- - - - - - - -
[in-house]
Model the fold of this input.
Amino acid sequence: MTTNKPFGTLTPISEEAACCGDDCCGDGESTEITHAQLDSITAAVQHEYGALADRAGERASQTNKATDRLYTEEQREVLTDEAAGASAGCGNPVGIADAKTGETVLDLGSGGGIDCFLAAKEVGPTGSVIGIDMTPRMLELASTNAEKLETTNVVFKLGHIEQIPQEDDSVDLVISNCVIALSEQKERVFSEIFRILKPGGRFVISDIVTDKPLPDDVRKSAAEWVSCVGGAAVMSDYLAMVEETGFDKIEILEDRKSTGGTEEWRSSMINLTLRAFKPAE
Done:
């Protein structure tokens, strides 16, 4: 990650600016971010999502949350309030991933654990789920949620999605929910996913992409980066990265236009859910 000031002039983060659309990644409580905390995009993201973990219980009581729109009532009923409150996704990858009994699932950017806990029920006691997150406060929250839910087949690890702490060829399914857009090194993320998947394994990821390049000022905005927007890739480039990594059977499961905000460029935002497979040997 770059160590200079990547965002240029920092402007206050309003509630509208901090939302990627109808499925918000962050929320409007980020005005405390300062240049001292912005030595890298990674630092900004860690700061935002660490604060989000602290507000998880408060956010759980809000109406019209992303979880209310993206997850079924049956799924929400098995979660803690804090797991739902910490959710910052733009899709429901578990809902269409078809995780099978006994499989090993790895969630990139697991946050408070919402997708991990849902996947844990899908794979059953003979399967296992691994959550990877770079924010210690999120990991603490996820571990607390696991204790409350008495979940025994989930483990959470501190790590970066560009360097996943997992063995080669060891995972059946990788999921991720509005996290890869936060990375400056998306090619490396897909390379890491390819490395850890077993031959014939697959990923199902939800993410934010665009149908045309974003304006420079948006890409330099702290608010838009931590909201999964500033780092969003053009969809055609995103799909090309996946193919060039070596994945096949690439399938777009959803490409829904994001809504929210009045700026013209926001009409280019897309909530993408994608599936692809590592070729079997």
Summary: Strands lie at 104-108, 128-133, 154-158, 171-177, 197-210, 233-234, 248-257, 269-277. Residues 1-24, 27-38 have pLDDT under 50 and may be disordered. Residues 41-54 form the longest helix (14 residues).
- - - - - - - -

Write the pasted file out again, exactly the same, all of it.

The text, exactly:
[in-house]
Model the fold of this input.
Amino acid sequence: MTTNKPFGTLTPISEEAACCGDDCCGDGESTEITHAQLDSITAAVQHEYGALADRAGERASQTNKATDRLYTEEQREVLTDEAAGASAGCGNPVGIADAKTGETVLDLGSGGGIDCFLAAKEVGPTGSVIGIDMTPRMLELASTNAEKLETTNVVFKLGHIEQIPQEDDSVDLVISNCVIALSEQKERVFSEIFRILKPGGRFVISDIVTDKPLPDDVRKSAAEWVSCVGGAAVMSDYLAMVEETGFDKIEILEDRKSTGGTEEWRSSMINLTLRAFKPAE
Done:
């Protein structure tokens, strides 16, 4: 990650600016971010999502949350309030991933654990789920949620999605929910996913992409980066990265236009859910 000031002039983060659309990644409580905390995009993201973990219980009581729109009532009923409150996704990858009994699932950017806990029920006691997150406060929250839910087949690890702490060829399914857009090194993320998947394994990821390049000022905005927007890739480039990594059977499961905000460029935002497979040997 770059160590200079990547965002240029920092402007206050309003509630509208901090939302990627109808499925918000962050929320409007980020005005405390300062240049001292912005030595890298990674630092900004860690700061935002660490604060989000602290507000998880408060956010759980809000109406019209992303979880209310993206997850079924049956799924929400098995979660803690804090797991739902910490959710910052733009899709429901578990809902269409078809995780099978006994499989090993790895969630990139697991946050408070919402997708991990849902996947844990899908794979059953003979399967296992691994959550990877770079924010210690999120990991603490996820571990607390696991204790409350008495979940025994989930483990959470501190790590970066560009360097996943997992063995080669060891995972059946990788999921991720509005996290890869936060990375400056998306090619490396897909390379890491390819490395850890077993031959014939697959990923199902939800993410934010665009149908045309974003304006420079948006890409330099702290608010838009931590909201999964500033780092969003053009969809055609995103799909090309996946193919060039070596994945096949690439399938777009959803490409829904994001809504929210009045700026013209926001009409280019897309909530993408994608599936692809590592070729079997």
Summary: Strands lie at 104-108, 128-133, 154-158, 171-177, 197-210, 233-234, 248-257, 269-277. Residues 1-24, 27-38 have pLDDT under 50 and may be disordered. Residues 41-54 form the longest helix (14 residues).